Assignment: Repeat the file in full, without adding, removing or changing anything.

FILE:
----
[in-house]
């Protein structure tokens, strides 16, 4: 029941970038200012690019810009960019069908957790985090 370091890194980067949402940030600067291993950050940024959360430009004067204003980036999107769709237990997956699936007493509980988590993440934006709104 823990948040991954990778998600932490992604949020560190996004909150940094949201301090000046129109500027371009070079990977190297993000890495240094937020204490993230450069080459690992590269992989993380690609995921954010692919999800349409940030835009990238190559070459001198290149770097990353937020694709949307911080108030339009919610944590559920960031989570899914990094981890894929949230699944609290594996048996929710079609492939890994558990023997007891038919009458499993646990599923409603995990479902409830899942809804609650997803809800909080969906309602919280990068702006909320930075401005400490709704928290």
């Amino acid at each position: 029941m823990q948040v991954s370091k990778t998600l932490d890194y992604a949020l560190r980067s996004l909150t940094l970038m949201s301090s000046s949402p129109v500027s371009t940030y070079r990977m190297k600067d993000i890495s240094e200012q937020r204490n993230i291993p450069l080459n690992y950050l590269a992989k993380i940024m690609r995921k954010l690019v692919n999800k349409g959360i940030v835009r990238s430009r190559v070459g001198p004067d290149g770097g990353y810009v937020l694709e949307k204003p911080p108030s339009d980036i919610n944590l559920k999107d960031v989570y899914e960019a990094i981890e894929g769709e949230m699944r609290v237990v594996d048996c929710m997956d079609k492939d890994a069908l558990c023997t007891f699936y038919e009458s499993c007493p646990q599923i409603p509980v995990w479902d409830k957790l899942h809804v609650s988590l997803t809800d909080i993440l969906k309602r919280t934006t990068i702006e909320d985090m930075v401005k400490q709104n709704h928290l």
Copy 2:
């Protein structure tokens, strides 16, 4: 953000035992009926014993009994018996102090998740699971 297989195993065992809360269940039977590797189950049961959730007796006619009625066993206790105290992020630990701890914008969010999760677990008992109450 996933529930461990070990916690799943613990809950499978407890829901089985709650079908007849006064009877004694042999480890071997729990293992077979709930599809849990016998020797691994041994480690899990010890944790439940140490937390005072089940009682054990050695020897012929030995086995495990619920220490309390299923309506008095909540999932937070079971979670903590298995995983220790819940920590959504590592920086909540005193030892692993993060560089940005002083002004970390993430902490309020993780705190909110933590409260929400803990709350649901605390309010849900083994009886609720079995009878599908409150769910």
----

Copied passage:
[in-house]
């Protein structure tokens, strides 16, 4: 029941970038200012690019810009960019069908957790985090 370091890194980067949402940030600067291993950050940024959360430009004067204003980036999107769709237990997956699936007493509980988590993440934006709104 823990948040991954990778998600932490992604949020560190996004909150940094949201301090000046129109500027371009070079990977190297993000890495240094937020204490993230450069080459690992590269992989993380690609995921954010692919999800349409940030835009990238190559070459001198290149770097990353937020694709949307911080108030339009919610944590559920960031989570899914990094981890894929949230699944609290594996048996929710079609492939890994558990023997007891038919009458499993646990599923409603995990479902409830899942809804609650997803809800909080969906309602919280990068702006909320930075401005400490709704928290």
């Amino acid at each position: 029941m823990q948040v991954s370091k990778t998600l932490d890194y992604a949020l560190r980067s996004l909150t940094l970038m949201s301090s000046s949402p129109v500027s371009t940030y070079r990977m190297k600067d993000i890495s240094e200012q937020r204490n993230i291993p450069l080459n690992y950050l590269a992989k993380i940024m690609r995921k954010l690019v692919n999800k349409g959360i940030v835009r990238s430009r190559v070459g001198p004067d290149g770097g990353y810009v937020l694709e949307k204003p911080p108030s339009d980036i919610n944590l559920k999107d960031v989570y899914e960019a990094i981890e894929g769709e949230m699944r609290v237990v594996d048996c929710m997956d079609k492939d890994a069908l558990c023997t007891f699936y038919e009458s499993c007493p646990q599923i409603p509980v995990w479902d409830k957790l899942h809804v609650s988590l997803t809800d909080i993440l969906k309602r919280t934006t990068i702006e909320d985090m930075v401005k400490q709104n709704h928290l």
Copy 2:
């Protein structure tokens, strides 16, 4: 953000035992009926014993009994018996102090998740699971 297989195993065992809360269940039977590797189950049961959730007796006619009625066993206790105290992020630990701890914008969010999760677990008992109450 996933529930461990070990916690799943613990809950499978407890829901089985709650079908007849006064009877004694042999480890071997729990293992077979709930599809849990016998020797691994041994480690899990010890944790439940140490937390005072089940009682054990050695020897012929030995086995495990619920220490309390299923309506008095909540999932937070079971979670903590298995995983220790819940920590959504590592920086909540005193030892692993993060560089940005002083002004970390993430902490309020993780705190909110933590409260929400803990709350649901605390309010849900083994009886609720079995009878599908409150769910």